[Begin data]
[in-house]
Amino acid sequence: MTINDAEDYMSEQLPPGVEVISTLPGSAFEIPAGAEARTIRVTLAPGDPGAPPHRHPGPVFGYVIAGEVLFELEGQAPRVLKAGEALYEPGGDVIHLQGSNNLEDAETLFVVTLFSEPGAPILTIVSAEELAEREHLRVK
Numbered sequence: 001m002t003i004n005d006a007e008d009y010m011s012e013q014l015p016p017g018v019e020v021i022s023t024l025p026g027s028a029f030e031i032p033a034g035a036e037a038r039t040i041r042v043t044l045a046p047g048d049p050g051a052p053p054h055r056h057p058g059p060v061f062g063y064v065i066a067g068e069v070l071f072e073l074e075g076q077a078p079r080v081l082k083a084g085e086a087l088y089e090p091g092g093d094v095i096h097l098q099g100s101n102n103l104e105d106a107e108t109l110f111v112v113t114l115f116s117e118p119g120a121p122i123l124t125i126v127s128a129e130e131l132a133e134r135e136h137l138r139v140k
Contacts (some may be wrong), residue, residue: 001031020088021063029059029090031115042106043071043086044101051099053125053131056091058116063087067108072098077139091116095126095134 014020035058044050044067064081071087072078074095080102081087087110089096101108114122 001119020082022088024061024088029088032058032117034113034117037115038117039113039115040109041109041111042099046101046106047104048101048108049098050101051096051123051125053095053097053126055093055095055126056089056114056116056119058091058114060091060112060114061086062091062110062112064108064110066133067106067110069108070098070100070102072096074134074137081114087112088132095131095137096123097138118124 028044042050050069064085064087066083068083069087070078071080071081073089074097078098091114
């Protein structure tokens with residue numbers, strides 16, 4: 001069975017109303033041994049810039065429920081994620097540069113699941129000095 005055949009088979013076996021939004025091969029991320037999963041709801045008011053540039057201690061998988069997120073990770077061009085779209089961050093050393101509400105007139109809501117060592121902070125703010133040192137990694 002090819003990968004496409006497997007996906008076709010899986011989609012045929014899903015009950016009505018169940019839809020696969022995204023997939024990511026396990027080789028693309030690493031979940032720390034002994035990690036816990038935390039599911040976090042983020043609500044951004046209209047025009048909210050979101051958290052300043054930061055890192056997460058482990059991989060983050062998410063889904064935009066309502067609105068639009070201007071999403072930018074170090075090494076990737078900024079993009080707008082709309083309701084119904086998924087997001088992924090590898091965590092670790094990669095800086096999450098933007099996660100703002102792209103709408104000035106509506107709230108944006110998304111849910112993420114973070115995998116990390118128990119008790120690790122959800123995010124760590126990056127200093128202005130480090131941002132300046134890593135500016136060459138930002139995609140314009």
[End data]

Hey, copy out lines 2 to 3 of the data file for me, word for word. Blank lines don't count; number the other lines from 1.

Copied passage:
Amino acid sequence: MTINDAEDYMSEQLPPGVEVISTLPGSAFEIPAGAEARTIRVTLAPGDPGAPPHRHPGPVFGYVIAGEVLFELEGQAPRVLKAGEALYEPGGDVIHLQGSNNLEDAETLFVVTLFSEPGAPILTIVSAEELAEREHLRVK
Numbered sequence: 001m002t003i004n005d006a007e008d009y010m011s012e013q014l015p016p017g018v019e020v021i022s023t024l025p026g027s028a029f030e031i032p033a034g035a036e037a038r039t040i041r042v043t044l045a046p047g048d049p050g051a052p053p054h055r056h057p058g059p060v061f062g063y064v065i066a067g068e069v070l071f072e073l074e075g076q077a078p079r080v081l082k083a084g085e086a087l088y089e090p091g092g093d094v095i096h097l098q099g100s101n102n103l104e105d106a107e108t109l110f111v112v113t114l115f116s117e118p119g120a121p122i123l124t125i126v127s128a129e130e131l132a133e134r135e136h137l138r139v140k